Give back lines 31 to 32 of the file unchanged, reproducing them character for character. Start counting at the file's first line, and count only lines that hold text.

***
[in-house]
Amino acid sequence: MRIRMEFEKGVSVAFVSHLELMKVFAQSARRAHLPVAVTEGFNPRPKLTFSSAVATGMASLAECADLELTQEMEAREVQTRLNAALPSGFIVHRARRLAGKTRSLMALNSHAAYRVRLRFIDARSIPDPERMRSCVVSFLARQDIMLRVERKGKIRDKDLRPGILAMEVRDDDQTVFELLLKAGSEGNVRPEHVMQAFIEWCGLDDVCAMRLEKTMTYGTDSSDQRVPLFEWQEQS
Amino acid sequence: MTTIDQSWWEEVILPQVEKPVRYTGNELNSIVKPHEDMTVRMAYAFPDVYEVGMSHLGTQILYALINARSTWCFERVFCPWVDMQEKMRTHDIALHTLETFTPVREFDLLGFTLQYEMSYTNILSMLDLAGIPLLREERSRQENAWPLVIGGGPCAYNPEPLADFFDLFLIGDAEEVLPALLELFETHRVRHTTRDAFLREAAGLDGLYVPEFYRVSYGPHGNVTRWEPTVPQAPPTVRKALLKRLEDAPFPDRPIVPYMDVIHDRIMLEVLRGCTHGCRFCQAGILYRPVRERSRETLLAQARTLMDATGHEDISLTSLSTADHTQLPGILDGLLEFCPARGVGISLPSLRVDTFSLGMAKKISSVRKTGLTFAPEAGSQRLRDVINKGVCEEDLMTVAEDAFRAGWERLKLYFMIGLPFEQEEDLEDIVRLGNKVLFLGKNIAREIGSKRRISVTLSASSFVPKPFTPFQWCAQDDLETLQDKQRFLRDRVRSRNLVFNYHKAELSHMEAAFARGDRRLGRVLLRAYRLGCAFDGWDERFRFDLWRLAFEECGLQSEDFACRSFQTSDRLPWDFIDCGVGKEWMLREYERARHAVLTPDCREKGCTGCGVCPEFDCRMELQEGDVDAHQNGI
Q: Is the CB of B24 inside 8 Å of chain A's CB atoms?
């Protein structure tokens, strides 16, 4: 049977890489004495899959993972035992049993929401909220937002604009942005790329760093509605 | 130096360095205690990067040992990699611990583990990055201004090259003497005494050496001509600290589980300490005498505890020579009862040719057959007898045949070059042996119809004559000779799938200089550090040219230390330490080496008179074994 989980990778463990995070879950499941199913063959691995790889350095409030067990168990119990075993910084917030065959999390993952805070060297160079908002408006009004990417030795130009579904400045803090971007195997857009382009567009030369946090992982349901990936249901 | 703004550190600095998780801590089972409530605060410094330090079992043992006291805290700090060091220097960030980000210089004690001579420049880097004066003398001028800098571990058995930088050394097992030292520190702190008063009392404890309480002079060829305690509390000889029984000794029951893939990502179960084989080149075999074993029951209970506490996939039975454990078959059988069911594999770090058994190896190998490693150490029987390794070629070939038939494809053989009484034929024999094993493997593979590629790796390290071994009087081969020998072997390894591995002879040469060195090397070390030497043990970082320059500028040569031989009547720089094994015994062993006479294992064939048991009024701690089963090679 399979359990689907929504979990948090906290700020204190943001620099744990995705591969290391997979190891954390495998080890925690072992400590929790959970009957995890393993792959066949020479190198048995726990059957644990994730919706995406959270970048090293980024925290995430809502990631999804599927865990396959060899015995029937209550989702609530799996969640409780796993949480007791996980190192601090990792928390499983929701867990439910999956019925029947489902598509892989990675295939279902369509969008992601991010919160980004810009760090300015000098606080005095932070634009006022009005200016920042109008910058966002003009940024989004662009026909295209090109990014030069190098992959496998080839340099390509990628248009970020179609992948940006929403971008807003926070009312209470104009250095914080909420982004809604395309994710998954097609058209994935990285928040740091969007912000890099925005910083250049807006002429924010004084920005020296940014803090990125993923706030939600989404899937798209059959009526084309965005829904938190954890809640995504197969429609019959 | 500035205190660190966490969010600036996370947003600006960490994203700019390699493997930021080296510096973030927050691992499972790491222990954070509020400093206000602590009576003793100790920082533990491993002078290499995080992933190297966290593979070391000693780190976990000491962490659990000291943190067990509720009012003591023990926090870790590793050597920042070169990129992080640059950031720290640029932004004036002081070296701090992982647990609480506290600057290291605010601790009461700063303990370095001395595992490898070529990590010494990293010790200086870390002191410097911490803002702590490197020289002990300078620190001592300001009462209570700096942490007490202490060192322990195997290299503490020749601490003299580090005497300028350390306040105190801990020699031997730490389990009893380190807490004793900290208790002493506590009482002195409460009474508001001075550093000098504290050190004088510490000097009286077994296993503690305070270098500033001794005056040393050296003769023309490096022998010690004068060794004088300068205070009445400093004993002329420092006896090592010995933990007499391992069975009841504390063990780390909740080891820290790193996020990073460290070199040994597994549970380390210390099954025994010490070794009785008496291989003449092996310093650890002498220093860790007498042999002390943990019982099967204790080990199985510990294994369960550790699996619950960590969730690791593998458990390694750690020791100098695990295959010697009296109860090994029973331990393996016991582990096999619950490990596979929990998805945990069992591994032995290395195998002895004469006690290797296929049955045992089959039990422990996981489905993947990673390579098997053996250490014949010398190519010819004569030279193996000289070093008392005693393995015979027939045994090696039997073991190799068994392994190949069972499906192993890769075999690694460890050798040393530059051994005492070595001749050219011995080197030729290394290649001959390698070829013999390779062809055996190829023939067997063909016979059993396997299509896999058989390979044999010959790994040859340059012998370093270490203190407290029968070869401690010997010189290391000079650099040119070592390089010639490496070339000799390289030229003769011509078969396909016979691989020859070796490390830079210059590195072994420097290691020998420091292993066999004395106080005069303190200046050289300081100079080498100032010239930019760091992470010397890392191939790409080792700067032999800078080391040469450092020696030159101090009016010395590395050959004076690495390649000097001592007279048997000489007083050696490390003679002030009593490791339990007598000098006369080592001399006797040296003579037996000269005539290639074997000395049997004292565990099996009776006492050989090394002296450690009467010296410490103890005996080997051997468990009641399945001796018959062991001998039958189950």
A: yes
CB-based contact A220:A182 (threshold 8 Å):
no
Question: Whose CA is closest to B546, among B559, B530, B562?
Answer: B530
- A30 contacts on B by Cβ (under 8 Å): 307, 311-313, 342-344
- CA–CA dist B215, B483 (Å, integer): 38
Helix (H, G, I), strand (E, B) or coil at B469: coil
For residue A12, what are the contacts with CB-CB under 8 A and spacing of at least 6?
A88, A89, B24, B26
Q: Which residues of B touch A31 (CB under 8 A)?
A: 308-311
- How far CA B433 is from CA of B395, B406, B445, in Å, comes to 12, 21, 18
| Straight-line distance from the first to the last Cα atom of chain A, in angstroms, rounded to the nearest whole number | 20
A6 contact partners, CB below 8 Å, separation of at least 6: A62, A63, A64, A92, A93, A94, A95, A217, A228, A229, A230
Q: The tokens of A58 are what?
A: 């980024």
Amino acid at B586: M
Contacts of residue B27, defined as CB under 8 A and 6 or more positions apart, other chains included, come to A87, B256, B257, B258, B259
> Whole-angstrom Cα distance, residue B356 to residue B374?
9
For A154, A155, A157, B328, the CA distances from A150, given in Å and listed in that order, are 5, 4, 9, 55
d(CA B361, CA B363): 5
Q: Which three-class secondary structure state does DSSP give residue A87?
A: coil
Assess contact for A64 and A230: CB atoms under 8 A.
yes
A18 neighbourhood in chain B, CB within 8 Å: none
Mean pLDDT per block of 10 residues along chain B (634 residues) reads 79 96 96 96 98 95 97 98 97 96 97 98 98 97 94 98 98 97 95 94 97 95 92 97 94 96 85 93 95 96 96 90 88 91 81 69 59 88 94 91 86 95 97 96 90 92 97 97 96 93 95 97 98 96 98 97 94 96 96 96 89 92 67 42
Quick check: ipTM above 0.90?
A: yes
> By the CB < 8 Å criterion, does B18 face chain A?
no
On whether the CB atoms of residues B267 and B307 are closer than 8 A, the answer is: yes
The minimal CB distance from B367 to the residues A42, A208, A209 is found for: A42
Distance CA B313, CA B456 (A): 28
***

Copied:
Assess contact for A64 and A230: CB atoms under 8 A.
yes